Suddenly discover the joys of large crowds and noisy soft play areas which eluded you before. (Permit this introvert a brief shudder of horror before proceeding!) There is validity in the idea that they ought to explore our "shadow" sides and Jung felt that they ought to all have an understanding of our opposites but understanding and becoming are not the same.
Whilst character can, and does, evolve over a life-time, affected by life experiences and social groupings, the underlying traits are most likely to stay. According toPeter Geyer, 75% of those who re-take a Myers-Briggs check will document the same result a second time (and this can be higher, if the participant has strong preferences). This implies that the core aspects of who they were are deep-seated, possibly innate and unlikely to shift drastically in our lifetime.

Thus, than trying to become less introverted, a parent who embraces their introvert character is likely to be in a better position to make adaptations to their parenting style to accommodate their need for space.

2. Accept that you are not ONLY an Introvert:

Reducing who you are to word is always going to be a small basic and self-limiting. None of us have character trait. Those other letters on a Myers-Briggs scale?... They are important and your combination of aptitudes will probably be unique to you. Moreover, letters seems even more limiting than a word. 

Taking those letters as the foundation for exploring the rich multi-faceted nature of humans seems a healthier approach.Me? Well, to limit myself to letters for a moment (!) I came out as an ISFJ when I was one time eighteen. I am an extreme Introvert. But, I also have tendencies toward OCD and, as a result, my mental health is better when my home is neat and ordered. I prosper on method and strongly hate spontaneity! All these things have formed my parenting yet none of them were anything to do with being an introvert. The fact that I learned to mix my need for tidiness with my kid's need to explore (read: make a mess) grew out of my "J-ness" not my "I-ness"! And I am definite my Sensing and Feeling characteristics will have fed in to the type of parent I ultimately became, even if I am not aware of the actual outcomes.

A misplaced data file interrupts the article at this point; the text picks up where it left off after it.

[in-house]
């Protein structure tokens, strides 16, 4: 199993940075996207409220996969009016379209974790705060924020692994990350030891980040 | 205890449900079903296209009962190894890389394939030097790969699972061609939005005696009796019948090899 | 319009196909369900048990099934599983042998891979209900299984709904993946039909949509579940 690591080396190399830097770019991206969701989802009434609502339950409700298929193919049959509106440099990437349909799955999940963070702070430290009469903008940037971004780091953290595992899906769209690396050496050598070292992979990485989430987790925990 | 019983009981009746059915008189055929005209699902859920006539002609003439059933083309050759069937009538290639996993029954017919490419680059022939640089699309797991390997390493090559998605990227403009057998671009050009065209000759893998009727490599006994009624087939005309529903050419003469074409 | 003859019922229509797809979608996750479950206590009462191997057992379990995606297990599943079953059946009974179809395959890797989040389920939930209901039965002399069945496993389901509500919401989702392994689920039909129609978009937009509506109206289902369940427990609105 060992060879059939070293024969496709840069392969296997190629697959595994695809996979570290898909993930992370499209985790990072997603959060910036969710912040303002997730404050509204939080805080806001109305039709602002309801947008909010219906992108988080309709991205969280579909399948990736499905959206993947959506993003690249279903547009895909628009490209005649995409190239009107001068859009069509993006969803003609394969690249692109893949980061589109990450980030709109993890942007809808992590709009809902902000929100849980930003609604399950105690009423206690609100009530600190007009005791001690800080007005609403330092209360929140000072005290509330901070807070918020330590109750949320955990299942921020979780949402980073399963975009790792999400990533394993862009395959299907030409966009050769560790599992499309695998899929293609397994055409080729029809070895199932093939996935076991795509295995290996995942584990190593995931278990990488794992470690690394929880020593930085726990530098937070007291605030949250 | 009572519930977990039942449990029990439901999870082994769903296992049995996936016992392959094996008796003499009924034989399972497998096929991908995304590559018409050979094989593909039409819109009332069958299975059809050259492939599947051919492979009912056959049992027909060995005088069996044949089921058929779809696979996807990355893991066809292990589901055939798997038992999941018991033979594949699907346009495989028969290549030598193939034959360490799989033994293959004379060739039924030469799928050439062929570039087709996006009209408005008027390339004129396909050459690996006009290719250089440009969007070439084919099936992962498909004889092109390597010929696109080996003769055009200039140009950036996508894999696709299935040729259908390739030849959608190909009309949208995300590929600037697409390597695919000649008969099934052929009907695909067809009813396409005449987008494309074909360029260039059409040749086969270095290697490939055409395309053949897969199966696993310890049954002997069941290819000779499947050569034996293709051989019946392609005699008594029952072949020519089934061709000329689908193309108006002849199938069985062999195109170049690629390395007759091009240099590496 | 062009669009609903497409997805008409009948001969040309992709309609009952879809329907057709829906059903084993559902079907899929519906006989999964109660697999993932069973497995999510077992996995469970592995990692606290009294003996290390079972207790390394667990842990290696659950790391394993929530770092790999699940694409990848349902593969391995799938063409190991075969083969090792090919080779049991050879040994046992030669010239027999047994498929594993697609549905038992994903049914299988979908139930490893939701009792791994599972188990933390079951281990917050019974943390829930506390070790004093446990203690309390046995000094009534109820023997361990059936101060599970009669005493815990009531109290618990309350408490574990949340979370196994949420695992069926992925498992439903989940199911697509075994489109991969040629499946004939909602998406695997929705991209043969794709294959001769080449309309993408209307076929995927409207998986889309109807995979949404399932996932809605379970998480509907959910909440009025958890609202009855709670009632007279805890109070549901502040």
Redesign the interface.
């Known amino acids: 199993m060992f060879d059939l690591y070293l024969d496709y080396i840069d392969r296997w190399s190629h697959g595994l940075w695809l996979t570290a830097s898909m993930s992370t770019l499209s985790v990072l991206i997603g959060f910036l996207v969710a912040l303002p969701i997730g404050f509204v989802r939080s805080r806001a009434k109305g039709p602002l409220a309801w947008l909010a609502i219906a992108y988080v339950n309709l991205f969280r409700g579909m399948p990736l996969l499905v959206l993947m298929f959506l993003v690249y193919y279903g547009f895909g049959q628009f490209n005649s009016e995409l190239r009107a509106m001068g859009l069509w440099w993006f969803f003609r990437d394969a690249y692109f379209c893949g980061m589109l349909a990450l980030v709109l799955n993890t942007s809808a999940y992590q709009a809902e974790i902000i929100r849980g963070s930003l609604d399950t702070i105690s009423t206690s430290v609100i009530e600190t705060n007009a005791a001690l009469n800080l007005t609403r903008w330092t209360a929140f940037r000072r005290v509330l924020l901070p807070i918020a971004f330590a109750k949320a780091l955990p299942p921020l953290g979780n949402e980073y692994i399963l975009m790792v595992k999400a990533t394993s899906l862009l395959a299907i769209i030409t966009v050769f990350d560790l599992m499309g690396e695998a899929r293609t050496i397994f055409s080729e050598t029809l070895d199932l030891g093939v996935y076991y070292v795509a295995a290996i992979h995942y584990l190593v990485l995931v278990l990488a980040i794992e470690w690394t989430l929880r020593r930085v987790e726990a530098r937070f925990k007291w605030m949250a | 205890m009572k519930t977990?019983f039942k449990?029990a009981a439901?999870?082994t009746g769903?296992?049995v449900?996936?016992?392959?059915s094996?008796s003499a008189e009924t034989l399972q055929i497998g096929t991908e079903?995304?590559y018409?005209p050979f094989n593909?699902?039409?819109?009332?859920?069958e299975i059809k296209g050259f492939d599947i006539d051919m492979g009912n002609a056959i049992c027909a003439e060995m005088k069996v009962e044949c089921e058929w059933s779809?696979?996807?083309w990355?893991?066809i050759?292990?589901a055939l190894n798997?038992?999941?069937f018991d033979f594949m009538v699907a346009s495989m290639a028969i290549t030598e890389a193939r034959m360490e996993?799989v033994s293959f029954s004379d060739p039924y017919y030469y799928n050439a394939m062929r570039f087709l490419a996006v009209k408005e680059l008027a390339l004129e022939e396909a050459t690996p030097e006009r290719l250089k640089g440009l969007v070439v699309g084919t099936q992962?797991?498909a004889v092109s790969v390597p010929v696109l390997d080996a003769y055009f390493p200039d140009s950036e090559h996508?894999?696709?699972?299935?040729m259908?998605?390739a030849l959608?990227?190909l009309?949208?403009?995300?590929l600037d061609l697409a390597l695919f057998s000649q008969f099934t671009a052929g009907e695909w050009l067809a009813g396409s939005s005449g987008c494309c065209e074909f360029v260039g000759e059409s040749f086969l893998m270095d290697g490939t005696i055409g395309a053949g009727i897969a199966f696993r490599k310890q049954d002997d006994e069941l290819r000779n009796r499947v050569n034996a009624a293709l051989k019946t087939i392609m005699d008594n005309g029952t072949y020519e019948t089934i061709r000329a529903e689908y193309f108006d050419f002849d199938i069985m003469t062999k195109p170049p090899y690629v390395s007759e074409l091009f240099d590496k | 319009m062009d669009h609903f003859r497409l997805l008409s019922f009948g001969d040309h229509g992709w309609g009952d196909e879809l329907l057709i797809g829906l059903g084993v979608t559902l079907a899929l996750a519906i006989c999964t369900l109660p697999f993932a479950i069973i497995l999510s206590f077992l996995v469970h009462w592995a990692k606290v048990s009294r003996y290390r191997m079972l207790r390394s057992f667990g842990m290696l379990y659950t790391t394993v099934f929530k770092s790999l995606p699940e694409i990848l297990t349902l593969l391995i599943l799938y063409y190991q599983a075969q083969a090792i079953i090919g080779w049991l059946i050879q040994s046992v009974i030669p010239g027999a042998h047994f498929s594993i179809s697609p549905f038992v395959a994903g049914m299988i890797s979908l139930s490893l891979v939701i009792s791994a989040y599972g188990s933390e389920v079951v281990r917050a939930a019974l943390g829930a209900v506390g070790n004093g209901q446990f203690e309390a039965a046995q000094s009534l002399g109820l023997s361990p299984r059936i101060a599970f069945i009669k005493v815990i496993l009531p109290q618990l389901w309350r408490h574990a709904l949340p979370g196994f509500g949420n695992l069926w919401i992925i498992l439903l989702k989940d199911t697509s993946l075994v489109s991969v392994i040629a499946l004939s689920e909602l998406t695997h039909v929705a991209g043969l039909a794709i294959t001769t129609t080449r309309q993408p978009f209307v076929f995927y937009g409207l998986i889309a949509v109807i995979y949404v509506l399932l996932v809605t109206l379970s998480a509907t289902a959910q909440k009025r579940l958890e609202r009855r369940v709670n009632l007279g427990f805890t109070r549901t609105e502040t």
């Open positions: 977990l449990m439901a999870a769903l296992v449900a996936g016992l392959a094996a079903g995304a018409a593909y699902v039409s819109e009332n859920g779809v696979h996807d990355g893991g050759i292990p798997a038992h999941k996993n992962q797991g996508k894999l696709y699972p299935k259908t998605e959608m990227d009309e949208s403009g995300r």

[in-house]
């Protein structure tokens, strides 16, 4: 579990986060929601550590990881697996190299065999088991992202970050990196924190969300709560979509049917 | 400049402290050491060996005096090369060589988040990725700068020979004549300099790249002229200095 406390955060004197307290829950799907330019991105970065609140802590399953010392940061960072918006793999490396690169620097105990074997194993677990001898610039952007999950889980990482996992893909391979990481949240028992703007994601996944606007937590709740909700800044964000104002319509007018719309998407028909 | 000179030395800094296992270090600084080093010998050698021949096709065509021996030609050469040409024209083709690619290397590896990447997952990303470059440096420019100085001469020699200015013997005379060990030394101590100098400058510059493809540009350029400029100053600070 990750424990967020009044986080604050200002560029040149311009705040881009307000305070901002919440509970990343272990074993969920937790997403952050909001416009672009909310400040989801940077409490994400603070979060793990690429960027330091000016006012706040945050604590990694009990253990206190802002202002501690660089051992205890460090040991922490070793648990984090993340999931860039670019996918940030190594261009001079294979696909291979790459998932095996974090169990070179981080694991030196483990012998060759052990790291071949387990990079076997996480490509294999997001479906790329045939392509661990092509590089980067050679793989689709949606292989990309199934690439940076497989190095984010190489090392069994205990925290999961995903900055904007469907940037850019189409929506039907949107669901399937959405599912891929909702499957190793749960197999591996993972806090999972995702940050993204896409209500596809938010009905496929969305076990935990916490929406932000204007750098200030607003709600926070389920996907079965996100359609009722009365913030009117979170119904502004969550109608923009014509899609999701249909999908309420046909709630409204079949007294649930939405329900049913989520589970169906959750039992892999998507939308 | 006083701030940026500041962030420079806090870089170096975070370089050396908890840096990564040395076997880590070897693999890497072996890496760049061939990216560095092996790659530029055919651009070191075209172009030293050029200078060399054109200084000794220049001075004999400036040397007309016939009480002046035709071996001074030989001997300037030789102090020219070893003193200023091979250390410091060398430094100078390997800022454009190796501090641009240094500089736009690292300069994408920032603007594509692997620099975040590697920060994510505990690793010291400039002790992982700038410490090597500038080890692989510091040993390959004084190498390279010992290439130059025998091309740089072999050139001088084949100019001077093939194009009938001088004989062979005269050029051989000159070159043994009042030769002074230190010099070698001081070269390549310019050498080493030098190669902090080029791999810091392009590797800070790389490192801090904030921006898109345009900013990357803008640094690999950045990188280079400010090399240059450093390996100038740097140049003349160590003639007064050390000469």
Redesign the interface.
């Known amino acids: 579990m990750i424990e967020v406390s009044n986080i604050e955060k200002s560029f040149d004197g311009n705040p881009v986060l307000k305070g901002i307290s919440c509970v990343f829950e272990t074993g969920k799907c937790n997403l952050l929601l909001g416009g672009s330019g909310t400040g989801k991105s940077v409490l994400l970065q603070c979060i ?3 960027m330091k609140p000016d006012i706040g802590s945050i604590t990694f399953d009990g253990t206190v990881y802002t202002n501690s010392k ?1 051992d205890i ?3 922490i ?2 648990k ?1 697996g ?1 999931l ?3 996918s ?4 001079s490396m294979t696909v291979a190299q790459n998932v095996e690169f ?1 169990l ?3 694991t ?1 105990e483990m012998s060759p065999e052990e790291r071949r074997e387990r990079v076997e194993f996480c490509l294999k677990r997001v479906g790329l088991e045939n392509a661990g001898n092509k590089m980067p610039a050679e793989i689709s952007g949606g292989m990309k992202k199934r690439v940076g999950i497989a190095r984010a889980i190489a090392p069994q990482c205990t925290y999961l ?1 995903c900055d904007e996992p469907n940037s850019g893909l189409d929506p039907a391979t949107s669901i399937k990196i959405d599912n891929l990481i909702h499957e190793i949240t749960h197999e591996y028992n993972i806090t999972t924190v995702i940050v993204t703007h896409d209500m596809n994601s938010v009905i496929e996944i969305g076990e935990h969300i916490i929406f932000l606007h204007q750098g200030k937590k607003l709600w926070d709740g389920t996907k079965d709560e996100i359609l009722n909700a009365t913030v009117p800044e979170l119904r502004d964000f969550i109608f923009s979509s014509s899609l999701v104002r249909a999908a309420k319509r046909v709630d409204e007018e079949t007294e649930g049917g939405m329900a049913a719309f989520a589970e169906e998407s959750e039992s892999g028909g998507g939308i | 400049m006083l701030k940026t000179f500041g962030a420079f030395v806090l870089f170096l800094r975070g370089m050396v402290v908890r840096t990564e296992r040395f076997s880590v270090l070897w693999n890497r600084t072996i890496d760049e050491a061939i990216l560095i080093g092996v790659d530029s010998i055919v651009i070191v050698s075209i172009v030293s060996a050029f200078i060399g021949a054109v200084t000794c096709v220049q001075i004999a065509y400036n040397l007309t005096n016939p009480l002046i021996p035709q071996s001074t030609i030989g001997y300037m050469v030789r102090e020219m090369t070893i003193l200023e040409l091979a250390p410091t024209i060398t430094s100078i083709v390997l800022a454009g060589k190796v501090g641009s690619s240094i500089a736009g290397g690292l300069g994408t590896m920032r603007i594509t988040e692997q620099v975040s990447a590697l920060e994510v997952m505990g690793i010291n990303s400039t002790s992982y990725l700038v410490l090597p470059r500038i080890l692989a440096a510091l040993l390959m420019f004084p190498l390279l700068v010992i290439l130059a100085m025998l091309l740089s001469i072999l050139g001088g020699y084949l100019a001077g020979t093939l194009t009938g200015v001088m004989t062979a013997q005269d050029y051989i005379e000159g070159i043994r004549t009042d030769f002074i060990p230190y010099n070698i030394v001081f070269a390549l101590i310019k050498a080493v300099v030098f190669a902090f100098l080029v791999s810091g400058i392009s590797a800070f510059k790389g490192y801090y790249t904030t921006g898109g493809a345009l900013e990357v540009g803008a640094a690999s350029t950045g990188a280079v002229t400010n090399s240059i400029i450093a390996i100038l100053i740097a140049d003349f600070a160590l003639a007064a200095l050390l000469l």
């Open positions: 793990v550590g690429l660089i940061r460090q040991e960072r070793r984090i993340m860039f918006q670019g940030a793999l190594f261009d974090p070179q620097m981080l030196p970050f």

Likewise, any parent who tries to plan the way they raise their infant around aspect of their psyche is likely to find it virtually impossible. The needs of the infant and, indeed, the parent won't be fully met and there may well be increased tension and discord. Knowing that parenting is dynamic and acknowledging that it is never thing can help us when we are trying to work out what on earth is going on!?

3. Notice your kid's character.

If you are an introvert parent, you may spend pregnancy crossing your fingers and hoping for an introvert kid. You may have fond images of sitting side by side along with your tiny, in happy companionable silence, building elaborate rail networks from your box of wooden train-track. Or, you may envisage hours on the couch surrounded by books which you and your kid will share harmoniously. They will sit entranced and definitely won't try to gnaw the cover or launch a beloved classic at your head.

And you know what? It might happen like that. It did for me - the first time around. My eldest kid turned out to be a happy, contented introvert who would happily spend a whole morning planning and executing brilliant rail networks. They welcomed my participation but didn't appear to need it and would stay lost in his own world if I needed to step away for any reason.

This Introvert parent / Introvert kid relationship may appear the ideal but it is not without its challenges. As you both need tiny outside stimulation, you can finish up comparatively isolated. As the adult, an introverted parent may must bite the bullet and take steps to be definite you and your kid do have some social interaction in a week. Even the most extreme introvert can gain from building friendships with other parents and building a support network. Even introvert babies can learn and grow through thoughtful and sensitive interaction with their peers. As an introvert kid gets older, you may find that, although you went through it yourself, you worry about whether they are making friends and socialising . It is probably unfounded but you are a parent so that is what you'll do!